The Brexit debate may help the Tories in their new ‘strongholds’
One of the most interesting features of the 2017 result in Scotland was the re-emergence of Tory representation, most notably in the North East of the country, where half of the 12 new Conservative seats were gained.
As well as benefitting from an unambiguous pro-union message and the popularity of its Scottish leader, Tory success in the North East was undoubtedly driven by attitudes to the European Union and the debate around Brexit. Analysis of the 2017 election result, reinforced by subsequent research, has indicated that party support is increasingly divided along “Remain/Leave” lines; as the Scottish Social Attitudes Survey has reported, support for the SNP among those who identify as ‘Eurosceptics’ fell by 15 points between 2015 and 2017, while increasing by 14 points for the Scottish Conservatives over the same period. 
Given the higher than average (though not majority) support for Brexit in constituencies held by the Tories in the North East, this analysis will give them some hope of keeping some of these seats, though decisions by the Brexit Party to stand in these areas may serve to dampen that hope somewhat.
How will the independence issue play?
The early salvos in the campaign have indicated that the SNP and the Conservatives will have the constitutional issue front and centre of the debate, both seeing it as playing to its core vote.
The most recent polling on the issue has indicated that support for ‘Yes’ has increased over the last few months, with the country now split down the middle. So, if the constitutional question continues to be the fault-line in Scottish politics, the SNP will be hopeful of picking up many of the Scottish Labour gains from 2017 and the Conservatives of holding a number of their gains.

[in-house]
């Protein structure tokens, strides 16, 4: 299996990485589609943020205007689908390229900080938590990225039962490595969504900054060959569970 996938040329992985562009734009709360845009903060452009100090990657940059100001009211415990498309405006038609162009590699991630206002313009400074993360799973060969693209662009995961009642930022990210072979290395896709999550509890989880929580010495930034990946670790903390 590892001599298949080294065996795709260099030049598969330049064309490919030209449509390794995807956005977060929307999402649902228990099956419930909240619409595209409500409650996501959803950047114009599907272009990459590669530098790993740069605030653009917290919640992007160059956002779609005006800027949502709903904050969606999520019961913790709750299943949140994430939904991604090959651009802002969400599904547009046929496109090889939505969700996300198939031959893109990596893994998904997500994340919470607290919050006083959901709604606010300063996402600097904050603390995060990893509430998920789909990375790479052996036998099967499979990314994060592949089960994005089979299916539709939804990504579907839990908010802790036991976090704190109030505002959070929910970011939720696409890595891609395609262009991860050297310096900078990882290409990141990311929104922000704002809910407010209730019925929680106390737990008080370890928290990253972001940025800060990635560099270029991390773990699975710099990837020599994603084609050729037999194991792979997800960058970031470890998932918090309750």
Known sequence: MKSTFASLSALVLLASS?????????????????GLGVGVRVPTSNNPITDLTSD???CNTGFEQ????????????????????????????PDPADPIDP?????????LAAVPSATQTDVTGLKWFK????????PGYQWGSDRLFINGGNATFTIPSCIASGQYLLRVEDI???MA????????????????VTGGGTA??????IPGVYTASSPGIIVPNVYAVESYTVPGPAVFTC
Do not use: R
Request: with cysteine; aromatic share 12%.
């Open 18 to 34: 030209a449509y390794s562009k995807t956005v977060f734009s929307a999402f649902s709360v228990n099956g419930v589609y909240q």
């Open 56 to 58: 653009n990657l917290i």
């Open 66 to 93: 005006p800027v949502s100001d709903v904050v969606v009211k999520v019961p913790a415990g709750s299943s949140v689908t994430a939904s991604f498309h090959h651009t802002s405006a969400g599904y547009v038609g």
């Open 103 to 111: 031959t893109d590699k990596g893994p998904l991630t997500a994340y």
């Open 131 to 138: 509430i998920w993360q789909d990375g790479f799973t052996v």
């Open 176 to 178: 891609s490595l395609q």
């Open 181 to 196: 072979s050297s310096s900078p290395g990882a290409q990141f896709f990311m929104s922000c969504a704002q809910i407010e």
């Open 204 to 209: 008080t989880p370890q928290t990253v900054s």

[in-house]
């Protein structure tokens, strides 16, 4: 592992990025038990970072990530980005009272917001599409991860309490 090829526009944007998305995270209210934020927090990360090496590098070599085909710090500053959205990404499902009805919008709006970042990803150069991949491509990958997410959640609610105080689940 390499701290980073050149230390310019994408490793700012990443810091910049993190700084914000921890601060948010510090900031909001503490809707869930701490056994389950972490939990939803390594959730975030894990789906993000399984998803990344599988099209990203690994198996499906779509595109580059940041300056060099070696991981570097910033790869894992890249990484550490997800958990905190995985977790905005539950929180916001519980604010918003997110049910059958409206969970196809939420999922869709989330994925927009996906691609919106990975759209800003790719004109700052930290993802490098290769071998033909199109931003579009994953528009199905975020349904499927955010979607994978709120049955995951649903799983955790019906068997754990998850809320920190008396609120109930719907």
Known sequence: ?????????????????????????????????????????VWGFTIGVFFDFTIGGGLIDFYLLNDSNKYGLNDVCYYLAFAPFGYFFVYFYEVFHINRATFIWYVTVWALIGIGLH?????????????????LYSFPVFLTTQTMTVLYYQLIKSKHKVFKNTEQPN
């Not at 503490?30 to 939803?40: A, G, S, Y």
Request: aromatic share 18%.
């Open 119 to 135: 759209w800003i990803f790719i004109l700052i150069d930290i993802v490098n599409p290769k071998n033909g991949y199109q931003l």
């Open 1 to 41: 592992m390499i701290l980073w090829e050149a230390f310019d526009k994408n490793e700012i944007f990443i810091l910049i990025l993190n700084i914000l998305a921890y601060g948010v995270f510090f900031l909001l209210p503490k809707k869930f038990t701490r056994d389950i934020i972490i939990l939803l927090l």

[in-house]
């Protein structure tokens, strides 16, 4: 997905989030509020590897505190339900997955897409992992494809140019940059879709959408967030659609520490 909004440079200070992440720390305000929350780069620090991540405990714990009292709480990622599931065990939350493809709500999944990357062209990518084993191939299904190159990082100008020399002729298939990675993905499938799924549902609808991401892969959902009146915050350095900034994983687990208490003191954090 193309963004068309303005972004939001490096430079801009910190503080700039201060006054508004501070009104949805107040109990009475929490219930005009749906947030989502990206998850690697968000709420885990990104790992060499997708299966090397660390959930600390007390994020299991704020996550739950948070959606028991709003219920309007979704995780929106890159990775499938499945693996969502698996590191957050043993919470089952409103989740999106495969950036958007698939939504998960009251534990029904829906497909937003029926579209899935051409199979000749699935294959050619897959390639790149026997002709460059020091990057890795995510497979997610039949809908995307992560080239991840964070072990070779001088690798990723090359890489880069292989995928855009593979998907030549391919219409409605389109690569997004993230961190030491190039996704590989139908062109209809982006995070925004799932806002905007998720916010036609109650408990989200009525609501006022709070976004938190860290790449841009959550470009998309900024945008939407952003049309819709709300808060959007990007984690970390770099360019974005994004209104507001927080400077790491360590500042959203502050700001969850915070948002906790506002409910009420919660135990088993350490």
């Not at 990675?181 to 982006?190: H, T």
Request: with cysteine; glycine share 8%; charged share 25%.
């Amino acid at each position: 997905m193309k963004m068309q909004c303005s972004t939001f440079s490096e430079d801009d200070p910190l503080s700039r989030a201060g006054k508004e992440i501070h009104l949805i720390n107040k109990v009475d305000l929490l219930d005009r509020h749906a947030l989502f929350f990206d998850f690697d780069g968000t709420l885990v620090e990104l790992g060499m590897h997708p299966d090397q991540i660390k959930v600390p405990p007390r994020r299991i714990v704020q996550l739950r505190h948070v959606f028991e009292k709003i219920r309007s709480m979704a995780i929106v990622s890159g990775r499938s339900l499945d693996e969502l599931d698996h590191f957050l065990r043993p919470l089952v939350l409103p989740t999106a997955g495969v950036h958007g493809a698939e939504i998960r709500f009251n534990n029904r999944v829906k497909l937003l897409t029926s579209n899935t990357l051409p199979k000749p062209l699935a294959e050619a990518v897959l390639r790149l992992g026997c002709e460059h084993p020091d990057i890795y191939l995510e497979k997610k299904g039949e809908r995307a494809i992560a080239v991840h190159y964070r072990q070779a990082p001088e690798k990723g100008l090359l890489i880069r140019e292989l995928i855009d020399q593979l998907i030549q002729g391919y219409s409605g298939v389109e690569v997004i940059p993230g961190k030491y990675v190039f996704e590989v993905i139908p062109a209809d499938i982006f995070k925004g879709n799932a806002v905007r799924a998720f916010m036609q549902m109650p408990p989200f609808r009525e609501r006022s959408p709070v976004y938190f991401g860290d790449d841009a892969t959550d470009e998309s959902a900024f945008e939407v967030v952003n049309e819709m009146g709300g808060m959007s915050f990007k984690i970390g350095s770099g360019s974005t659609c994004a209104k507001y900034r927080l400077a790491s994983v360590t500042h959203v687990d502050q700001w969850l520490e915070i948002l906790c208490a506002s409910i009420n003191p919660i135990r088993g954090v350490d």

Attitudes to independence since the EU Referendum in 2016
Turnout will be crucial
One of the features of the 2017 election was the almost half a million votes that the SNP lost compared to 2015 when the party galvanised and enthused its support to a landslide in the aftermath of the independence referendum. This enabled the other parties to capture seats unexpectedly particularly Labour, who gained six extra seats despite gaining only 10,000 extra votes across Scotland, and the Liberal Democrats, who gained three extra seats despite polling 40,000 fewer votes than in 2015.
One of the key determinants of this election, therefore, will be the extent to which the SNP can recapture the spirit of 2015 and enthuse those who subsequently stayed at home in 2017 to return to the polling booths.
So, what’s the big picture?
As the campaign kicks off, polling points to the SNP comfortably winning the election and gaining seats, with somewhere between 40 and 50 seats looking possible; whether this brings the party any closer to its goal of another independence referendum may depend on who wins the election across the UK. For the Tories, predictions of a wipe-out may be overstated but the party will be primarily focussed on minimising losses to the SNP, aware that this may prove crucial in the overall UK outcome. Labour’s position in the polls looks most vulnerable, particularly as many of its 2017 gains will be wiped out on even a small swing to the SNP, though the party will hope that good local campaign can help them hold in some areas and possibly even pick up the odd seat where they came a very close second to the SNP in 2017. The Liberal Democrats will be confident of holding its four seats, including that of the party’s UK leader Jo Swinson, and will be hopeful of picking up the marginal North East Fife from the SNP.
Buckle in for the next five weeks; the result could have significant implications!
This article was written by Founder and Director, Mark Diffley